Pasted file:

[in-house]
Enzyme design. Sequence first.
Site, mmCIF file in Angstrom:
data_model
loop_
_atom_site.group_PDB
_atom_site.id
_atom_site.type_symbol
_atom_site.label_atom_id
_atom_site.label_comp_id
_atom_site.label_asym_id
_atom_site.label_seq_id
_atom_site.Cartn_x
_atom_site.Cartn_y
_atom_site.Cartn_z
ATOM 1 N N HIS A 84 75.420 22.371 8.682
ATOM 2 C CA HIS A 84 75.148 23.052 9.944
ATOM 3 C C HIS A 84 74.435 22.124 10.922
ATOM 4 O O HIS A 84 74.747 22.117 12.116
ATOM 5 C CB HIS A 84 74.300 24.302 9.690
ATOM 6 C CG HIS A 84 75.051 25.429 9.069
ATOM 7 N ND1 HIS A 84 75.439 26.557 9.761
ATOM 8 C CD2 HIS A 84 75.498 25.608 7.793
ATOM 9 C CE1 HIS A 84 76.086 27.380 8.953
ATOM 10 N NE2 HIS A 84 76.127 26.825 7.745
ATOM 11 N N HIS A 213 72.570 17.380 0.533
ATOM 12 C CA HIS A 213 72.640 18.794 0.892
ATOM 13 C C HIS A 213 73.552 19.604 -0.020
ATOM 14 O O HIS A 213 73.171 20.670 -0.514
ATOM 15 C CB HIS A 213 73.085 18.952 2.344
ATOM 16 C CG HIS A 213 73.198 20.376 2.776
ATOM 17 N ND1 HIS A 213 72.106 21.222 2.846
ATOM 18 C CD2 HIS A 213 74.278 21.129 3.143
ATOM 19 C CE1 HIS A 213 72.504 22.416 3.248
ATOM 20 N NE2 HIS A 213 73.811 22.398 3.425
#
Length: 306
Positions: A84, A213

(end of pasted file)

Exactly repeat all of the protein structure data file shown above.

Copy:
[in-house]
Enzyme design. Sequence first.
Site, mmCIF file in Angstrom:
data_model
loop_
_atom_site.group_PDB
_atom_site.id
_atom_site.type_symbol
_atom_site.label_atom_id
_atom_site.label_comp_id
_atom_site.label_asym_id
_atom_site.label_seq_id
_atom_site.Cartn_x
_atom_site.Cartn_y
_atom_site.Cartn_z
ATOM 1 N N HIS A 84 75.420 22.371 8.682
ATOM 2 C CA HIS A 84 75.148 23.052 9.944
ATOM 3 C C HIS A 84 74.435 22.124 10.922
ATOM 4 O O HIS A 84 74.747 22.117 12.116
ATOM 5 C CB HIS A 84 74.300 24.302 9.690
ATOM 6 C CG HIS A 84 75.051 25.429 9.069
ATOM 7 N ND1 HIS A 84 75.439 26.557 9.761
ATOM 8 C CD2 HIS A 84 75.498 25.608 7.793
ATOM 9 C CE1 HIS A 84 76.086 27.380 8.953
ATOM 10 N NE2 HIS A 84 76.127 26.825 7.745
ATOM 11 N N HIS A 213 72.570 17.380 0.533
ATOM 12 C CA HIS A 213 72.640 18.794 0.892
ATOM 13 C C HIS A 213 73.552 19.604 -0.020
ATOM 14 O O HIS A 213 73.171 20.670 -0.514
ATOM 15 C CB HIS A 213 73.085 18.952 2.344
ATOM 16 C CG HIS A 213 73.198 20.376 2.776
ATOM 17 N ND1 HIS A 213 72.106 21.222 2.846
ATOM 18 C CD2 HIS A 213 74.278 21.129 3.143
ATOM 19 C CE1 HIS A 213 72.504 22.416 3.248
ATOM 20 N NE2 HIS A 213 73.811 22.398 3.425
#
Length: 306
Positions: A84, A213